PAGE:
Identity theft is a staggering problem throughout the country, and thieves are becoming increasingly proficient at accessing personal information and data in order to steal from others. While the individual victims may not suffer direct financial losses, especially in the case of banks absorbing the fraudulent activity for their customers, individuals still may find difficulty obtaining credit and fixing credit reports that demonstrate a trail of fraudulent activity by those who stole the identity and opened accounts.
The Bureau of Justice Statistic's report released in December 2013 revealed that seven percent of the U.S. Population over 16 years old were victims of identity theft in 2012, or 16.6 million people. Losses totaled $24.7 billion dollars, almost $10 billion more than the combined losses of all other types of theft.
Steps to Prevent Identity Theft
1. Check your credit frequently
Everyone should regularly check there credit. While the big three credit bureaus provide one free report to consumers each year, if people believe they may have already been the victim of identity theft should check it more often. Seeing newly opened accounts that are not recognized should warrant immediate calls to the reporting companies, the credit bureaus and local law enforcement agencies.
2. Monitor credit scores
A sudden and unexpected drop in a credit score could indicate someone has been the victim of identity thieves. Credit scores are tied into multiple factors, including the number of new and open accounts, length of credit history and poor payment records, among other things. If thieves have opened a number of new accounts and racked up debt under someone else's name, the corresponding score will drop significantly.
3. Have name removed from mailing lists
Many identity thieves target people by getting their information from offers sent to them via mailing lists. It is a good idea to remove one's name from these lists in order to reduce the number of such offers sent. For offers received through the mail, people should shred unwanted ones before throwing them away.
4. Use a P.O. Box
As a related matter, purchasing a post office box can be a good idea, as they are locked, making mail and thus sensitive information less easily accessible to potential thieves. People should decide for themselves if they wish to have the hassle of driving to their local post office each day to collect their mail, as that is the main drawback.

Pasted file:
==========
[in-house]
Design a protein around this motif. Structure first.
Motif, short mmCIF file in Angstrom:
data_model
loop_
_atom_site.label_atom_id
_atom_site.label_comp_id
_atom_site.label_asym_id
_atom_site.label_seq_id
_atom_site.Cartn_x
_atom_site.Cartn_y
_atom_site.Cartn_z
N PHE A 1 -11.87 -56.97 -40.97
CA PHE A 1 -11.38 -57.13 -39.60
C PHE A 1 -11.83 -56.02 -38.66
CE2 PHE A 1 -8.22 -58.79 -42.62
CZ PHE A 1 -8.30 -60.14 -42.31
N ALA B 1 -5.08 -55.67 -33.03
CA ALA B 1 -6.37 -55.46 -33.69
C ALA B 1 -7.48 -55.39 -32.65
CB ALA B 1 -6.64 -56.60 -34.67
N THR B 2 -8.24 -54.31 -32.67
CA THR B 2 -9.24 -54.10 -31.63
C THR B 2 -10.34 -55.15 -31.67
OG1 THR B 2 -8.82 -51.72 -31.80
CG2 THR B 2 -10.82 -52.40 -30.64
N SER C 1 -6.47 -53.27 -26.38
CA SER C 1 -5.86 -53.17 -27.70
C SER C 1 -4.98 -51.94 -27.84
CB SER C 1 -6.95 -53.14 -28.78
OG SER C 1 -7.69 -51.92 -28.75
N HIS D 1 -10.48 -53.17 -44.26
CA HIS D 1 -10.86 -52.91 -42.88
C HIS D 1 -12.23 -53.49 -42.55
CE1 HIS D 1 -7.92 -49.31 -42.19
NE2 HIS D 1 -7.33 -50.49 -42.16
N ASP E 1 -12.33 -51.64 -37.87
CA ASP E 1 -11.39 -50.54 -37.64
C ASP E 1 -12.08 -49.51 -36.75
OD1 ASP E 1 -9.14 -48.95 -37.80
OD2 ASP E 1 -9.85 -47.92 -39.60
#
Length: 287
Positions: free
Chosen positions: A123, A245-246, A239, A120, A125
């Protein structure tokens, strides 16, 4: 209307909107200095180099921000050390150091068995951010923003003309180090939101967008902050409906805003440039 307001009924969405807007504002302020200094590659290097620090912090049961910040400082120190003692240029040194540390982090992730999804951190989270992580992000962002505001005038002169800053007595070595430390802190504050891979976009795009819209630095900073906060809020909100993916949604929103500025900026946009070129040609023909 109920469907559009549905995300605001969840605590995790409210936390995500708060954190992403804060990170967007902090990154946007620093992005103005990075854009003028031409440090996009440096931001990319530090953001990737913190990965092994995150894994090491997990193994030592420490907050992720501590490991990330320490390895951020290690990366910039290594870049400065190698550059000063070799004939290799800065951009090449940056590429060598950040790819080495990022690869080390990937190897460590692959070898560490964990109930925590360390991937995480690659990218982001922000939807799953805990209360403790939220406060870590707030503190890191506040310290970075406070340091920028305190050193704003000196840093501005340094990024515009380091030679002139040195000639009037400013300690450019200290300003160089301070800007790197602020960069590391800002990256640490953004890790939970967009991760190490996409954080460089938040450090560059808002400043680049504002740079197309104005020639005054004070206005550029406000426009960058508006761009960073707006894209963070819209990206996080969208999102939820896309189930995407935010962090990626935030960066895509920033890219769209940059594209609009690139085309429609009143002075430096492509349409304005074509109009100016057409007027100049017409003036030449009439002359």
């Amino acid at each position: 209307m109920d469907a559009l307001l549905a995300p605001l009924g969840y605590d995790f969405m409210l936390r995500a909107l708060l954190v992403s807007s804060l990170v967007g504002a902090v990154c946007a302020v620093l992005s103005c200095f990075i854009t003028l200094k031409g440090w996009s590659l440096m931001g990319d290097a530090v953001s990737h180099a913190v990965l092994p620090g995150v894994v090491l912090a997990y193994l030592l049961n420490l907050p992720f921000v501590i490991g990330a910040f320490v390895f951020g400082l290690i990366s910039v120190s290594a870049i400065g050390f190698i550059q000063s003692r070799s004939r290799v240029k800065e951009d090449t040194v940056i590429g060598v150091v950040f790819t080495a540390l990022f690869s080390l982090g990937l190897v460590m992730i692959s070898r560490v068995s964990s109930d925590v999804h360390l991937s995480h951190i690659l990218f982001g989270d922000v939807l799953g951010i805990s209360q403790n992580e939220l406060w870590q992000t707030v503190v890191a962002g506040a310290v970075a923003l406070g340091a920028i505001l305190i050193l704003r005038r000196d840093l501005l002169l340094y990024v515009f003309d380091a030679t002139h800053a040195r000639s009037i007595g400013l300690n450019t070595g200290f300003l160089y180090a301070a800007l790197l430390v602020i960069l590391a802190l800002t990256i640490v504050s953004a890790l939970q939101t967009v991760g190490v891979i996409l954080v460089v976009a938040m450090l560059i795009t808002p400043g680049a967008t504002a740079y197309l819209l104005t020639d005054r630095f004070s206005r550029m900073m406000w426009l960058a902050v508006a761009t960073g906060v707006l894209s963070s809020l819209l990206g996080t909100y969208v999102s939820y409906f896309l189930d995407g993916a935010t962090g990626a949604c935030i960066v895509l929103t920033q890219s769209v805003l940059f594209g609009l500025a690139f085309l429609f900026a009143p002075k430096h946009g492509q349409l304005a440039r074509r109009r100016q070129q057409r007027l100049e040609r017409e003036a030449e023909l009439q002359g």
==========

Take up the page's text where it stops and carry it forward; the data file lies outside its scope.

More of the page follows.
5. Purchase a monthly plan for identity protection services
In addition to the other steps people can take, many people may consider purchasing an identity protection service plan. These are companies that provide credit monitoring and other services to their customers, and alert them when suspicious activity as occurred.Identity Theft Protection Services
Many people choose an additional layer of protection by purchasing a monthly plan through an Identity Protection service provider. There are multiple companies that have plans and services. Here is a review of three of the better-known ones.
Perhaps one of the best-known identity protection providers in the industry, Lifelock offers 24/7 availability so its customers can contact them as soon as their identity is stolen, rather than waiting for normal business hours. Additionally, LifeLock monitors file sharing sites to make certain their customers' data and information is not being shared in that manner in addition to monitoring credit card activity. The company provides current information on the most recent scams.
LifeLock has three plans, starting at $8.99 per month for their standard plan. Their premium service, the Ultimate plan, is a hefty $26.99 per month. It is more expensive than most services in the identity protection industry. LifeLock does not provide medical ID theft monitoring.
2. Identity Guard
Another big name, Identity Guard offers a broad range of plans from which customers can choose. There array includes ten choices ranging in price from $7.00 per month to over $30.00 per month. Identity Guard has a mobile app that sends alerts that have recently appeared on people's credit reports.
Additionally, Identity Guard provides anti-spyware software for home computers along with its plans. The software encrypts its customers' keystrokes so identity thieves are unable to use key-logging software to steal passwords. Like LifeLock, the company unfortunately does not monitor for medical ID theft.
3. Identity Force
Offering a 14-day free trial, potential customers are able to try this service before they commit. The plans range from $15.00 to $20.00, although they charge extra for credit monitoring. Identity Force monitors the internet for their customer's personal data, providing reports listing the information. If customers wish to remove it, Identity Force helps them to do that. Like Identity Guard, Identity Force provides anti-keylogging software to its customers. Additionally, the company includes anti-phishing software.
There are numerous other identity theft protection companies. They assist customers with identifying fraudulent activity when it occurs so immediate corrective actions can be taken. Protecting oneself from identity theft is becoming increasingly important today as more and more people fall victim.